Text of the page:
I have also proposed tighter provisions on the circumstances in which constraints can be used or authorised. Decisions on the restraint are restricted to decision-making representatives and attorneys only. No other category may use or authorise restraint. Decision-making representatives and attorneys may use or authorise restraint only in exceptional emergency circumstances. Where there is an imminent risk of serious harm to the person with capacity difficulties or to another person, I proposed and secured agreement on Report Stage in the Dáil that the definition of restraint should include chemical restraint. The strict conditions on the use of restraint reflect my intention that restraint should be kept to a minimum and used only in exceptional circumstances.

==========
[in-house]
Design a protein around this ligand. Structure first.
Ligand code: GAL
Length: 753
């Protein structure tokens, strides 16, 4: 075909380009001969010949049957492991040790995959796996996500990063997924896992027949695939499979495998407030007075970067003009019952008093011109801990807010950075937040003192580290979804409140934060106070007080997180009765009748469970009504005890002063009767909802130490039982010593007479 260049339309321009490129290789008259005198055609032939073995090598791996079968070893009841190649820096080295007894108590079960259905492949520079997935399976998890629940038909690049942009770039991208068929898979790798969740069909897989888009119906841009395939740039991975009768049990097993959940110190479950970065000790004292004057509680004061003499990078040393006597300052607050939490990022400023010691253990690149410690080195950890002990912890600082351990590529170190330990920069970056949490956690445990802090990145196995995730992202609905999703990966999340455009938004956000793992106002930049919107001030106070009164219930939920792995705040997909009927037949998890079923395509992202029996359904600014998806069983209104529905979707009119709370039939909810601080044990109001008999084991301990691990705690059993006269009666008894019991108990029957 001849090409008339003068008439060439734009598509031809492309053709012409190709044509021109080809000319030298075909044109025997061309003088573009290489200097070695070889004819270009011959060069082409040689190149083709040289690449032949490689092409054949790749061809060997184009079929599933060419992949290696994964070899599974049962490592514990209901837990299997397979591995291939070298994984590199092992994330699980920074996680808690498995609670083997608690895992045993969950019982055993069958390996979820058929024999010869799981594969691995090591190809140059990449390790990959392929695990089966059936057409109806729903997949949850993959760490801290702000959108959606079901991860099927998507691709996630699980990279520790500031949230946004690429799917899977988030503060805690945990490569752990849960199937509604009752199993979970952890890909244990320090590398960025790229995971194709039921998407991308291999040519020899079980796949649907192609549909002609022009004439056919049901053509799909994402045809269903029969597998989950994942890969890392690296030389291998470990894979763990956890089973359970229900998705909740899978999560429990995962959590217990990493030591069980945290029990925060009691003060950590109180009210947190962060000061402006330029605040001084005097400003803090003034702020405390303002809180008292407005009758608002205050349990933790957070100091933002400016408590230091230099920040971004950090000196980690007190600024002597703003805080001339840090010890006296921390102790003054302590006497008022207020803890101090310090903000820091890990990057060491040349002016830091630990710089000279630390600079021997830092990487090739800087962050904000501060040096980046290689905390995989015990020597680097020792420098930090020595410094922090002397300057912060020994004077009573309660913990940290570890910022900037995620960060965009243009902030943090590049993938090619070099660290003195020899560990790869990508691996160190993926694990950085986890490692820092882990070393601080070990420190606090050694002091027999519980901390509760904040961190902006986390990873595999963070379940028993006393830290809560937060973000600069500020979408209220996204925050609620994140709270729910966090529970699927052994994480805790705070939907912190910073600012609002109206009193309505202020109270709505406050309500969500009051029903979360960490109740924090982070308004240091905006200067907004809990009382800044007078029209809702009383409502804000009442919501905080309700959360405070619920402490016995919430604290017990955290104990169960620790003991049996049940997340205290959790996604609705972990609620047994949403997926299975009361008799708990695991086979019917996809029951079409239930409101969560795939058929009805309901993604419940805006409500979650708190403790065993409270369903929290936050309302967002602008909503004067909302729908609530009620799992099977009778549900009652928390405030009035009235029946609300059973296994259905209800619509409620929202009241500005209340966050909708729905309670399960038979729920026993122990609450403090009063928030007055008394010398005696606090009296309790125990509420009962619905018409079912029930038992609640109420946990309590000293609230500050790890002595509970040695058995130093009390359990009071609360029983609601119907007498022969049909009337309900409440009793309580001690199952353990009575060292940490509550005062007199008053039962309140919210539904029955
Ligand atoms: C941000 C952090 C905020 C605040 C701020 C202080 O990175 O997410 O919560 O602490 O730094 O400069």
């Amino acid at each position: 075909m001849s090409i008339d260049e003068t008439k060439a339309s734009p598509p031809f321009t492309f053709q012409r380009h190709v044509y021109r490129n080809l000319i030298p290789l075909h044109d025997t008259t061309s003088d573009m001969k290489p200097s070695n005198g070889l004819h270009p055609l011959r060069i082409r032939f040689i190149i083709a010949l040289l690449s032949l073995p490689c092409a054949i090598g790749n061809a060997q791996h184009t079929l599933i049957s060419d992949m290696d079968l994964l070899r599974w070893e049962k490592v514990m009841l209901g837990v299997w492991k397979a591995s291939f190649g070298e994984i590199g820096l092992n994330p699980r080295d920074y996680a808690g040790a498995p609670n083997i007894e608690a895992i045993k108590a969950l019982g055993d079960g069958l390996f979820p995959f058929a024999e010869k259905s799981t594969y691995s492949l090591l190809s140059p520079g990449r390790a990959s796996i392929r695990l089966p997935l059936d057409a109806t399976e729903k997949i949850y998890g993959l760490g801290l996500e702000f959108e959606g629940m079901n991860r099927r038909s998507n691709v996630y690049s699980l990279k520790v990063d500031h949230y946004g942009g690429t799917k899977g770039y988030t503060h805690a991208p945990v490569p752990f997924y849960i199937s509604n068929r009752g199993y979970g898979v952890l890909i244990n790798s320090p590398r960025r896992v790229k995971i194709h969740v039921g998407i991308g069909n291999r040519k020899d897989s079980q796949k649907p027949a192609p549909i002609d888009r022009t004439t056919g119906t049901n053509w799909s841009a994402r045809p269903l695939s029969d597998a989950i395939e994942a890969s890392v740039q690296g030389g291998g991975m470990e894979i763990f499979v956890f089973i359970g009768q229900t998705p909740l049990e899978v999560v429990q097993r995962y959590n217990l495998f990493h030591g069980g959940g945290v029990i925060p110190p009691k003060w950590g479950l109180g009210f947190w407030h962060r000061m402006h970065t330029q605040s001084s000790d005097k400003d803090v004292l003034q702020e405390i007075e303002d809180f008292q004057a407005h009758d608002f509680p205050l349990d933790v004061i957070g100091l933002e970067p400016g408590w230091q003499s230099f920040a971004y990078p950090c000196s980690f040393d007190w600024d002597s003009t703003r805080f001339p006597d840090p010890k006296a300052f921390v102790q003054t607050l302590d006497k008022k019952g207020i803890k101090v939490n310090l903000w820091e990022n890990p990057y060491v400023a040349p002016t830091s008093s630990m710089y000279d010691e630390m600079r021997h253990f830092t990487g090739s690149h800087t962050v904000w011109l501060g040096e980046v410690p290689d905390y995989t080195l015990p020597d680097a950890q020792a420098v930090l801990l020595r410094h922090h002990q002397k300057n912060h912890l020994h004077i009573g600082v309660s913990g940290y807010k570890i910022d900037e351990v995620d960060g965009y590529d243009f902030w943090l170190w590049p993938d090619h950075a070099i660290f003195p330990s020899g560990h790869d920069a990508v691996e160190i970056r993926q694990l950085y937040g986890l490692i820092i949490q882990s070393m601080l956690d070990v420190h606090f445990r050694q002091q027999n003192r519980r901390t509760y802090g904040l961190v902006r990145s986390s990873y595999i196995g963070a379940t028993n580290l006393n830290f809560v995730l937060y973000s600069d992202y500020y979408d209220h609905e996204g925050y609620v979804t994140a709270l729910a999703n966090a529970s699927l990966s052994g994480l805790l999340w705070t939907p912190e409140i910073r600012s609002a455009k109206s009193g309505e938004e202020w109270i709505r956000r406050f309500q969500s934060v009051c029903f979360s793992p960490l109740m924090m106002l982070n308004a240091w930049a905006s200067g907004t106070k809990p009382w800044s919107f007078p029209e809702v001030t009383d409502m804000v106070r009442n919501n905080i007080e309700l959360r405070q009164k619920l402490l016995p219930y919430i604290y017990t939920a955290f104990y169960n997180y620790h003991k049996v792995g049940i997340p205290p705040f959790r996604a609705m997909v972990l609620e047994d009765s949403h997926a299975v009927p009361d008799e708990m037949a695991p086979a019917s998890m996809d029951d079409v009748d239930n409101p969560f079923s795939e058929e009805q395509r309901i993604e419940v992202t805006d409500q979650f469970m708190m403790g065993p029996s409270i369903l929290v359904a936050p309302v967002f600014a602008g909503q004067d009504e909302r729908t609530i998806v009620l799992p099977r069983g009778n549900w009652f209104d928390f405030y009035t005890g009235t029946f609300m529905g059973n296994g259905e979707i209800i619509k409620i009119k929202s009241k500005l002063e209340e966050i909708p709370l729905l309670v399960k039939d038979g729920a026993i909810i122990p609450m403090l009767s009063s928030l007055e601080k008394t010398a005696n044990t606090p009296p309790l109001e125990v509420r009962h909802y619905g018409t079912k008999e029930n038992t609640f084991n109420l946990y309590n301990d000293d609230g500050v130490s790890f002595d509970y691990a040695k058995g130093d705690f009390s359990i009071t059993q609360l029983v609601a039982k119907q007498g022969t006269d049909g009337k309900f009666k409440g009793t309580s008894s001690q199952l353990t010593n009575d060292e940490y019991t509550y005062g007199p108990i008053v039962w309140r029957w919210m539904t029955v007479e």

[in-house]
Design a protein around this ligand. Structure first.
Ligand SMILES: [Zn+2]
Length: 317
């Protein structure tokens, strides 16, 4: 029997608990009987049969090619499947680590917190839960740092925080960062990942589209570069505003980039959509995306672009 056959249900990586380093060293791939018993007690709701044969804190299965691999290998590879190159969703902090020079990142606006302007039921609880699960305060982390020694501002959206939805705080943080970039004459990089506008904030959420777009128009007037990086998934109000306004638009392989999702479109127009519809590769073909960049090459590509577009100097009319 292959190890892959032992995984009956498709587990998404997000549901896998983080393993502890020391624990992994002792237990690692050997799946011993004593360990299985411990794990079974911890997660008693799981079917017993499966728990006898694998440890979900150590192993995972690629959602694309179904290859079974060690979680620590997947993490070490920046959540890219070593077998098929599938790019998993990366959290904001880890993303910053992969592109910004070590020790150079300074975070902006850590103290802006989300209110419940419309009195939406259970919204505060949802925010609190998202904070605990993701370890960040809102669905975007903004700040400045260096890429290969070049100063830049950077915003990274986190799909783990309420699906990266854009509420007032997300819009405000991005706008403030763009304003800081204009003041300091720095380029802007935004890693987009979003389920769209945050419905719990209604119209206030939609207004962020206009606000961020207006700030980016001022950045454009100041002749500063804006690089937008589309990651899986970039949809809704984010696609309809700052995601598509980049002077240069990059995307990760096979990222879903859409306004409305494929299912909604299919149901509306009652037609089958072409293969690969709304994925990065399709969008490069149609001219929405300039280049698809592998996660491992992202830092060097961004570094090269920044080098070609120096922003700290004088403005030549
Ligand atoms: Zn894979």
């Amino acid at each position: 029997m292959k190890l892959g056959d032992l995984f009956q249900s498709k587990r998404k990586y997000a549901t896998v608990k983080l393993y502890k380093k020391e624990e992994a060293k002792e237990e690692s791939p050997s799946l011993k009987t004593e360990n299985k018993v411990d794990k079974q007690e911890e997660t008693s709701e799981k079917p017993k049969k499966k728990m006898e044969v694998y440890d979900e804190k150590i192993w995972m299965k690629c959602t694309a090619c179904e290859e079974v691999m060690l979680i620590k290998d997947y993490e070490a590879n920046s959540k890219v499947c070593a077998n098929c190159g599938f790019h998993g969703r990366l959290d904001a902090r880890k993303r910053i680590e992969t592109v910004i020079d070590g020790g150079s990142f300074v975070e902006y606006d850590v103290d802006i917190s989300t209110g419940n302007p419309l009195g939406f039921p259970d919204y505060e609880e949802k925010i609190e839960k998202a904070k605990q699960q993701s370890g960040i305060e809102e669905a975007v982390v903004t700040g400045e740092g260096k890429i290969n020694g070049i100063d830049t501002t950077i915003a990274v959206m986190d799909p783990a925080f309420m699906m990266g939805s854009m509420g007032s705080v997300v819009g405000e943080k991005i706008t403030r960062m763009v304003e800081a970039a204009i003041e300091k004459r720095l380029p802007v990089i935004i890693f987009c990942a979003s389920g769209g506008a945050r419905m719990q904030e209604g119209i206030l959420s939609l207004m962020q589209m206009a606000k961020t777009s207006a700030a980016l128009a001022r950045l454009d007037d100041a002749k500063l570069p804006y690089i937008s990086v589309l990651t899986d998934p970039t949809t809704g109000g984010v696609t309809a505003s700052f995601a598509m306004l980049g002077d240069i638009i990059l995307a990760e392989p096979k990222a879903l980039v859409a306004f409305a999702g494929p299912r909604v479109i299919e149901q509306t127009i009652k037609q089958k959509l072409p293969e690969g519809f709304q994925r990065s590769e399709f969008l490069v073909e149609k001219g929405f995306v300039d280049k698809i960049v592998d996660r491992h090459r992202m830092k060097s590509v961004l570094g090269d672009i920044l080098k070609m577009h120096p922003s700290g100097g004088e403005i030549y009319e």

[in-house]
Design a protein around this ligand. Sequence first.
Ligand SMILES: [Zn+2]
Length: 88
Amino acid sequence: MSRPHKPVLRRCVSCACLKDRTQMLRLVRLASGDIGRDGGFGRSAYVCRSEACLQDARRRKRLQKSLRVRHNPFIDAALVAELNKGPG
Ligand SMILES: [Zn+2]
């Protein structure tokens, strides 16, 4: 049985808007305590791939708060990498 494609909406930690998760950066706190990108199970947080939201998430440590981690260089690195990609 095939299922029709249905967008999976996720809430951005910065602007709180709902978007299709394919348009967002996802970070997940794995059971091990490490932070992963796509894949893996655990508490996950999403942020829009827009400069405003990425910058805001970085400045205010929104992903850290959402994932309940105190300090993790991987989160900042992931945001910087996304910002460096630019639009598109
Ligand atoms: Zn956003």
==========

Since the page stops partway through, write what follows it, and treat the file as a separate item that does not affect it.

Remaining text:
I will now provide a detailed outline of the provisions of the Bill. Part 1 - sections 1 to 7 - provides standard provisions relating to criteria, commencement and laying of regulations. Section 3 provides for a fundamental approach to determining capacity. This is a significant step forward from the current wardship model which totally removes the person's capacity to take decisions or to enter legal transactions. Instead, this new approach assesses capacity in a time-specific and issue-specific way.

It allows for a person to have capacity in one matter but not in another, enabling the person to retain the possibility of taking such decisions even when needing support on more complex matters. The fundamental model of capacity represents the most widely accepted modern capacity model internationally and is fully consistent with the UN convention.